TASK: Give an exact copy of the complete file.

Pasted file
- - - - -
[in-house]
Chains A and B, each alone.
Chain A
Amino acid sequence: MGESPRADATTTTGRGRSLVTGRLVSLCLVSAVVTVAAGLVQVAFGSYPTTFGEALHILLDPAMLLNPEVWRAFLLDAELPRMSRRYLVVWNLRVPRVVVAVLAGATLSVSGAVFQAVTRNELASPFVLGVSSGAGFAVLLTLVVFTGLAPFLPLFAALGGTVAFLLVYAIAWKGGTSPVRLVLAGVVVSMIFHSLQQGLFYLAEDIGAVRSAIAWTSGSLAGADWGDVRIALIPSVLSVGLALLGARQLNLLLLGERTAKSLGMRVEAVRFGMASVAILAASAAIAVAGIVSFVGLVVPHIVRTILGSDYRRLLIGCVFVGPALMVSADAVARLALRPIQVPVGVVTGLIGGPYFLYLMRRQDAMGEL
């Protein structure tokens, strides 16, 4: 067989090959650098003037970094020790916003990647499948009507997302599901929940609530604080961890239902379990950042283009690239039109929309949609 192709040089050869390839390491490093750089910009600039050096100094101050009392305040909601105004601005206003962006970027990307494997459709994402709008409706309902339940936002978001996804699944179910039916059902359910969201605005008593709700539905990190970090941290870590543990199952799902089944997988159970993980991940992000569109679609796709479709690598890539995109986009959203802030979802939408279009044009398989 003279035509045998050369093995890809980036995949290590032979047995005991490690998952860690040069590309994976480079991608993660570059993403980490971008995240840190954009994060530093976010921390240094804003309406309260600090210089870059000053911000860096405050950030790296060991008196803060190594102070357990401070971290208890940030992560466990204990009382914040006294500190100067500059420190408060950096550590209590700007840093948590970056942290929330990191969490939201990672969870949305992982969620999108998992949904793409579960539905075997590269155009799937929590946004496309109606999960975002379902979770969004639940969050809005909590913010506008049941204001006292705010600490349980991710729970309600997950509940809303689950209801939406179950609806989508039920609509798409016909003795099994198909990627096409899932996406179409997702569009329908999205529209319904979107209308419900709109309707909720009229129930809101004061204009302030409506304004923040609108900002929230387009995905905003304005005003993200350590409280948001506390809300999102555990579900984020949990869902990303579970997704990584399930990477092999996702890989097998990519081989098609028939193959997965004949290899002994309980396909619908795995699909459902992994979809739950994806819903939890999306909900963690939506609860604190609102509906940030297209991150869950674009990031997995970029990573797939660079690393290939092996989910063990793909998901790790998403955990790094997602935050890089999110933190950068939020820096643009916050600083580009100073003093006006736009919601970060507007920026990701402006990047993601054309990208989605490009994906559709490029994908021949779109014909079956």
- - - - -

[in-house]
Chains A and B, each alone.
Chain A
Amino acid sequence: MGESPRADATTTTGRGRSLVTGRLVSLCLVSAVVTVAAGLVQVAFGSYPTTFGEALHILLDPAMLLNPEVWRAFLLDAELPRMSRRYLVVWNLRVPRVVVAVLAGATLSVSGAVFQAVTRNELASPFVLGVSSGAGFAVLLTLVVFTGLAPFLPLFAALGGTVAFLLVYAIAWKGGTSPVRLVLAGVVVSMIFHSLQQGLFYLAEDIGAVRSAIAWTSGSLAGADWGDVRIALIPSVLSVGLALLGARQLNLLLLGERTAKSLGMRVEAVRFGMASVAILAASAAIAVAGIVSFVGLVVPHIVRTILGSDYRRLLIGCVFVGPALMVSADAVARLALRPIQVPVGVVTGLIGGPYFLYLMRRQDAMGEL
């Protein structure tokens, strides 16, 4: 067989090959650098003037970094020790916003990647499948009507997302599901929940609530604080961890239902379990950042283009690239039109929309949609 192709040089050869390839390491490093750089910009600039050096100094101050009392305040909601105004601005206003962006970027990307494997459709994402709008409706309902339940936002978001996804699944179910039916059902359910969201605005008593709700539905990190970090941290870590543990199952799902089944997988159970993980991940992000569109679609796709479709690598890539995109986009959203802030979802939408279009044009398989 003279035509045998050369093995890809980036995949290590032979047995005991490690998952860690040069590309994976480079991608993660570059993403980490971008995240840190954009994060530093976010921390240094804003309406309260600090210089870059000053911000860096405050950030790296060991008196803060190594102070357990401070971290208890940030992560466990204990009382914040006294500190100067500059420190408060950096550590209590700007840093948590970056942290929330990191969490939201990672969870949305992982969620999108998992949904793409579960539905075997590269155009799937929590946004496309109606999960975002379902979770969004639940969050809005909590913010506008049941204001006292705010600490349980991710729970309600997950509940809303689950209801939406179950609806989508039920609509798409016909003795099994198909990627096409899932996406179409997702569009329908999205529209319904979107209308419900709109309707909720009229129930809101004061204009302030409506304004923040609108900002929230387009995905905003304005005003993200350590409280948001506390809300999102555990579900984020949990869902990303579970997704990584399930990477092999996702890989097998990519081989098609028939193959997965004949290899002994309980396909619908795995699909459902992994979809739950994806819903939890999306909900963690939506609860604190609102509906940030297209991150869950674009990031997995970029990573797939660079690393290939092996989910063990793909998901790790998403955990790094997602935050890089999110933190950068939020820096643009916050600083580009100073003093006006736009919601970060507007920026990701402006990047993601054309990208989605490009994906559709490029994908021949779109014909079956």